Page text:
Michel Feaster | Crain's Seattle

In this ongoing series, we ask executives, entrepreneurs and business leaders about mistakes that have shaped their business philosophy.

Michel Feaster

Background:  

Headquartered in Seattle, Usermind is a platform that helps businesses connect their enterprise systems to gain better customer insights. The company recently closed a $23.5 million Series C round led by Northgate Capital.

The Mistake:

Scaling too quickly.

When my co-founder and I started Usermind, we put a little bit of money in the company, raised a Series A, and then had to figure out how to hire a team and build a product. I knew our idea was really good –  we were getting all this traction and excited feedback from our customers – and I think I felt some internal pressure to move as fast as possible. In particular, I tried to grow our engineering team too quickly, before it had really gelled.

Our first three or five people were working really well as a high-functioning team. But I decided to keep hiring. When I noticed people weren’t delivering code fast enough, I thought the solution was to hire even more people. It wasn’t. One big problem we faced was lack of communication, and it caused dysfunction.

When an engineering team isn’t functioning well, it impacts everything. The architecture of your software is often a reflection of your team’s structure, and our architecture was impacted.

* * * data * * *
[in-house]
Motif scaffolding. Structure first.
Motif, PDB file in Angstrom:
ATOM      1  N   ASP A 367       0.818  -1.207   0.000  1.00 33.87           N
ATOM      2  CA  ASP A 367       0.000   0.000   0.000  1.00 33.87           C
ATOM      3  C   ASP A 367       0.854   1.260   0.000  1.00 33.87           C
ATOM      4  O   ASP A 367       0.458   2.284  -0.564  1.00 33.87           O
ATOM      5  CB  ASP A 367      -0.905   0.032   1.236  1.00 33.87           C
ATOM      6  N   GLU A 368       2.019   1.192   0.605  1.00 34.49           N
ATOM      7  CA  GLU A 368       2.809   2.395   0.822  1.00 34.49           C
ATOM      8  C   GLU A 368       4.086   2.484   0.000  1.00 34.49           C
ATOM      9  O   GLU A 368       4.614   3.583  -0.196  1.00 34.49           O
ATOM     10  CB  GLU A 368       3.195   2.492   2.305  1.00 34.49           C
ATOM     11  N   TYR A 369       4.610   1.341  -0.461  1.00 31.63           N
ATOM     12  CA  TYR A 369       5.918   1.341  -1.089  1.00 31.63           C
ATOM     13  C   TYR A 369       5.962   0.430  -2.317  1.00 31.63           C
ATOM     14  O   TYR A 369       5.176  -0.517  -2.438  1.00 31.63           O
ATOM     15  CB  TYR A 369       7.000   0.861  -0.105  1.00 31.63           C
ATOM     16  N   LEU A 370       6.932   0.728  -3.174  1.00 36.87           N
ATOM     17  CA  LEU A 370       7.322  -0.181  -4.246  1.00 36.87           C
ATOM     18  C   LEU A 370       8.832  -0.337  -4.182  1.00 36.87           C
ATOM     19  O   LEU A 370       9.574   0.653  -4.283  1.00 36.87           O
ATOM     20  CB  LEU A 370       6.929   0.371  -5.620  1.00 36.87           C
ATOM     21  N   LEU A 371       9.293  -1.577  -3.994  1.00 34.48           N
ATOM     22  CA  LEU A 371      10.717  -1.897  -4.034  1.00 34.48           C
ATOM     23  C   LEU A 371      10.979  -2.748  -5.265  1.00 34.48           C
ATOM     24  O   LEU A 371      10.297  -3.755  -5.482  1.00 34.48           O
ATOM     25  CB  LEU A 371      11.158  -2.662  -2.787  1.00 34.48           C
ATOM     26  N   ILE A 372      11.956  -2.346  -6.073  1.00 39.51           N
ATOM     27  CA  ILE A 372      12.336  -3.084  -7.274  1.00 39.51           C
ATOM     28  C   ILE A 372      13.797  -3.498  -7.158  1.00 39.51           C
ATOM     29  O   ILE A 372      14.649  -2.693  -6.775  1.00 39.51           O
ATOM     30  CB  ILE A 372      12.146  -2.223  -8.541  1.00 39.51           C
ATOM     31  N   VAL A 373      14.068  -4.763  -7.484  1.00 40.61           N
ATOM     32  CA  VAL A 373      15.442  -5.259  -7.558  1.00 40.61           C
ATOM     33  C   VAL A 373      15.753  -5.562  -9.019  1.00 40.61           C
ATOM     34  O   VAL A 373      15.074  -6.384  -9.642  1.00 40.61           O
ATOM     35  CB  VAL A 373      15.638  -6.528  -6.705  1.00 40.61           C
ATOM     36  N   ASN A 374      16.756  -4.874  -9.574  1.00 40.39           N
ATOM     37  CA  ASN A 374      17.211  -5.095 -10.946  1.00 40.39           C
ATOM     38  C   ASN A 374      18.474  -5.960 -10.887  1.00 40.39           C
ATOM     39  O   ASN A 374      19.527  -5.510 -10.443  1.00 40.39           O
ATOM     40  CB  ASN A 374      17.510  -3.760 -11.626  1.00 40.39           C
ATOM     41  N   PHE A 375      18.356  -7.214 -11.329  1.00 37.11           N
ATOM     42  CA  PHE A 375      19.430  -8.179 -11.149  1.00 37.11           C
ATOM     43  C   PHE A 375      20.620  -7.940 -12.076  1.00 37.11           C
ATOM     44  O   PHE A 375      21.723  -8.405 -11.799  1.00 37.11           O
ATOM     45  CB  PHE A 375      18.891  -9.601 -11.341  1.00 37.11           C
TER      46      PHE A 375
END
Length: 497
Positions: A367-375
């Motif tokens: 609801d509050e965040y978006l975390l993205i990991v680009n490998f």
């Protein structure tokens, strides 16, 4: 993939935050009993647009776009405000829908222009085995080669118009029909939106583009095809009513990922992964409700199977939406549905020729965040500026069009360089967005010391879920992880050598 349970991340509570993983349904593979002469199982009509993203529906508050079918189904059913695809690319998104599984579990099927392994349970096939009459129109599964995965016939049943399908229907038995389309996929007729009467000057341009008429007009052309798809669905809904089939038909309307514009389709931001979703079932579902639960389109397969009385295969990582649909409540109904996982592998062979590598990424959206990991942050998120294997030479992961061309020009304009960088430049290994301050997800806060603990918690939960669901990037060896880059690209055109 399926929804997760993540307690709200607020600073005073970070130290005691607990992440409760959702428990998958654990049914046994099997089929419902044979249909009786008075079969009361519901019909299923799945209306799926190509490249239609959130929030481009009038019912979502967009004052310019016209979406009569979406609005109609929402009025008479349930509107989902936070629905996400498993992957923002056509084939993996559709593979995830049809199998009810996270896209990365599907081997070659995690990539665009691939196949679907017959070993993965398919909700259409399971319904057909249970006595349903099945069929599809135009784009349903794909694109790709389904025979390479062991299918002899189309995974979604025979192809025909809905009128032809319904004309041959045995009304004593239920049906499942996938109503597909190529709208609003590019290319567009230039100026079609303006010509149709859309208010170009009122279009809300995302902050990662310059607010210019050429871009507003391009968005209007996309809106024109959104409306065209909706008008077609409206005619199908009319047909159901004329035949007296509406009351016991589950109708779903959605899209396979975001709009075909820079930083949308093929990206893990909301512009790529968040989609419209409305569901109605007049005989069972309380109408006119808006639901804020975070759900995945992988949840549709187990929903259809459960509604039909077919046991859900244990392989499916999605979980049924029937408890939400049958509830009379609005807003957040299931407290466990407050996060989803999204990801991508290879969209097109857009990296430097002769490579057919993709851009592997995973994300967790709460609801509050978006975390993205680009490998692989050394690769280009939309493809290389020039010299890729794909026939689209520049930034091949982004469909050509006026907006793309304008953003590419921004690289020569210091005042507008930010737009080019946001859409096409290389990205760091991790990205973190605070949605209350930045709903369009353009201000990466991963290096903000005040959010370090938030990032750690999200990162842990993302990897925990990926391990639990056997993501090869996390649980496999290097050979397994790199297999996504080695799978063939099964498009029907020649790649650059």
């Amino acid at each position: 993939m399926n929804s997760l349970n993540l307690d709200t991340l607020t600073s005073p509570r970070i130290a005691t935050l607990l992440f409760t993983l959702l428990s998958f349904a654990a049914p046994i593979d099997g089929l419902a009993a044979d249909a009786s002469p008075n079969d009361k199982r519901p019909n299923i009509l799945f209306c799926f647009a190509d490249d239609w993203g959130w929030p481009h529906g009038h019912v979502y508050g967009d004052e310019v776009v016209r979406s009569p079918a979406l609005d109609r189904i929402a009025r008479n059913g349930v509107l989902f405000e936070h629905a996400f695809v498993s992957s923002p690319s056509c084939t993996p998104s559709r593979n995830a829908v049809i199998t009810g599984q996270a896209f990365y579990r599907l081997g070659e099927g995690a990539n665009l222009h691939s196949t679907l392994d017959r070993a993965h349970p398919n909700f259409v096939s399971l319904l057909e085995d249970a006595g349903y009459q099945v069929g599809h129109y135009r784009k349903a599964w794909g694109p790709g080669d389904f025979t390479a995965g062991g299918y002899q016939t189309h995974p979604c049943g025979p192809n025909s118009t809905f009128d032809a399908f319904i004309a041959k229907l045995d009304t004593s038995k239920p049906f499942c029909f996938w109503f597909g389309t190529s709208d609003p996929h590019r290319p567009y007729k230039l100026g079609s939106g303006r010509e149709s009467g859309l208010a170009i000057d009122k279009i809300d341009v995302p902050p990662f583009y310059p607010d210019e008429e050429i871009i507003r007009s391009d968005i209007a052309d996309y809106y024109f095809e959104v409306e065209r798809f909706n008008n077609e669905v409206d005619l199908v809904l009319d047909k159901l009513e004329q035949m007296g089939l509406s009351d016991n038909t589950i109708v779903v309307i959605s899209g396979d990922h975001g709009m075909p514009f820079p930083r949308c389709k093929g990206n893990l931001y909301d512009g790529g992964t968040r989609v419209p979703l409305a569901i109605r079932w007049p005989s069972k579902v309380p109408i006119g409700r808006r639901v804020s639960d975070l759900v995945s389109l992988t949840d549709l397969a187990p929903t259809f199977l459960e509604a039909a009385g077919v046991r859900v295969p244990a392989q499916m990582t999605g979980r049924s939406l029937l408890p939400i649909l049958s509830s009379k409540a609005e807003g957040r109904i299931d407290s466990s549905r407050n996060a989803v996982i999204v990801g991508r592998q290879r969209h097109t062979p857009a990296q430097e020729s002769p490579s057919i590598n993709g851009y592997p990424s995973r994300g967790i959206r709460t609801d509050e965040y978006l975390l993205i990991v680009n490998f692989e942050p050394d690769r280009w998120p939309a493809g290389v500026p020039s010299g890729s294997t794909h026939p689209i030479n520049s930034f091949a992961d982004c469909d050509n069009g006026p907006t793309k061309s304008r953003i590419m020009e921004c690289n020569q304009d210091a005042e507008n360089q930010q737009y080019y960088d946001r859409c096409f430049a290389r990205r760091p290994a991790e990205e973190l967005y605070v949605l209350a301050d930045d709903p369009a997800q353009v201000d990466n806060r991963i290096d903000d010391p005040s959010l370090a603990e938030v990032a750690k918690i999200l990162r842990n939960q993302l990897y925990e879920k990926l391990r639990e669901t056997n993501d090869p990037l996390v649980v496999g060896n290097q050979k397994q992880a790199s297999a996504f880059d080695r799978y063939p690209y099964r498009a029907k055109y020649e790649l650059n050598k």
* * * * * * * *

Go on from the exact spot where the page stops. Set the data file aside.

Sometimes, you have to slow down to speed up.

The Lesson:

When your existing team doesn’t have a healthy dynamic, you’re onboarding all the new hires into something that already isn’t working well. And when you have a larger group of people participating in that dysfunction, it becomes harder to diagnose the problem.

That’s the situation in which we found ourselves, and that’s why it took us a long time to diagnose and correct the problem.  

Sometimes, you have to slow down to speed up. I think Usermind would have been much more successful, faster, if I had taken a second to ensure that our early engineering team was running well. But I didn’t, and some potential problems ended up becoming problems.

Eventually, we brought someone in to help us look at the team and its process, and change some things around. The resultant team we now have is very high-functioning – but took us a while to get there.

Follow Usermind on Twitter at @usermindinc

Photo courtesy of Usermind

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